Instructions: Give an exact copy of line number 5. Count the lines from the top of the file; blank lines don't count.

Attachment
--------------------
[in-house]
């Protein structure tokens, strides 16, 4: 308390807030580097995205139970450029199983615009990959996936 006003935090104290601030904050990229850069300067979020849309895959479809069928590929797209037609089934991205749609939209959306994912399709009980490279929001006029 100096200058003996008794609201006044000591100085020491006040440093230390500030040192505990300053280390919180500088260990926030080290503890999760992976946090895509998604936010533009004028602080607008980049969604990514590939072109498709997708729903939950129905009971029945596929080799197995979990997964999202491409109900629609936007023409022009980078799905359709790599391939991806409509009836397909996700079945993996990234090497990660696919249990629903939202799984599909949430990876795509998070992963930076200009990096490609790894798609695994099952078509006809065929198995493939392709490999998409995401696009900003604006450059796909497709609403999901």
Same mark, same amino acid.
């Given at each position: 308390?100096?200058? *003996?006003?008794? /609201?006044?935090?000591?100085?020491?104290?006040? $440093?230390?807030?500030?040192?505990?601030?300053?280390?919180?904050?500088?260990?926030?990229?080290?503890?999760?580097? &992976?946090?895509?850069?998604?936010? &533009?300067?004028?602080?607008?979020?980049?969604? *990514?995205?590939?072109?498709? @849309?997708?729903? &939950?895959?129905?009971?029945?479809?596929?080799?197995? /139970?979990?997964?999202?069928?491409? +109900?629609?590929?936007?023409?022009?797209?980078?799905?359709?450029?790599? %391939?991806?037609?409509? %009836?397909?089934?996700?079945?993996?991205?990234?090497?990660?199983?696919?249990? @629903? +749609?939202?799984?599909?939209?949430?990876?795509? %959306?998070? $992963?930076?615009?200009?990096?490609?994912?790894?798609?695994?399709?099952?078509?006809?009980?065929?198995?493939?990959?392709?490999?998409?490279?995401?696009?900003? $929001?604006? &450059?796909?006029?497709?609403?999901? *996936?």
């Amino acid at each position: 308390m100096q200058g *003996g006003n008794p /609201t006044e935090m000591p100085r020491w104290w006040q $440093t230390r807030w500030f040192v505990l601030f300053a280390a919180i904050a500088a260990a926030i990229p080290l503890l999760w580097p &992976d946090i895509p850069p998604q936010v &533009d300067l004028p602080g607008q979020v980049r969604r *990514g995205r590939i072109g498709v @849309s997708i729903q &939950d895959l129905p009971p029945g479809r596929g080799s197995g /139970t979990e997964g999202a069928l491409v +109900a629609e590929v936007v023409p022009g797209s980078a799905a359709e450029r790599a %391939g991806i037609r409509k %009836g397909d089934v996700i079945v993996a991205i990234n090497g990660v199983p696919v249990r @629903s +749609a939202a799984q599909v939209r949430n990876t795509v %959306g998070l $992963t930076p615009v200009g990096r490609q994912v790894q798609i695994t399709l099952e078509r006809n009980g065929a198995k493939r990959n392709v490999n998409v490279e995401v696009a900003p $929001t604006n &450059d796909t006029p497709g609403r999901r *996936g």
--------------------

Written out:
């Amino acid at each position: 308390m100096q200058g *003996g006003n008794p /609201t006044e935090m000591p100085r020491w104290w006040q $440093t230390r807030w500030f040192v505990l601030f300053a280390a919180i904050a500088a260990a926030i990229p080290l503890l999760w580097p &992976d946090i895509p850069p998604q936010v &533009d300067l004028p602080g607008q979020v980049r969604r *990514g995205r590939i072109g498709v @849309s997708i729903q &939950d895959l129905p009971p029945g479809r596929g080799s197995g /139970t979990e997964g999202a069928l491409v +109900a629609e590929v936007v023409p022009g797209s980078a799905a359709e450029r790599a %391939g991806i037609r409509k %009836g397909d089934v996700i079945v993996a991205i990234n090497g990660v199983p696919v249990r @629903s +749609a939202a799984q599909v939209r949430n990876t795509v %959306g998070l $992963t930076p615009v200009g990096r490609q994912v790894q798609i695994t399709l099952e078509r006809n009980g065929a198995k493939r990959n392709v490999n998409v490279e995401v696009a900003p $929001t604006n &450059d796909t006029p497709g609403r999901r *996936g």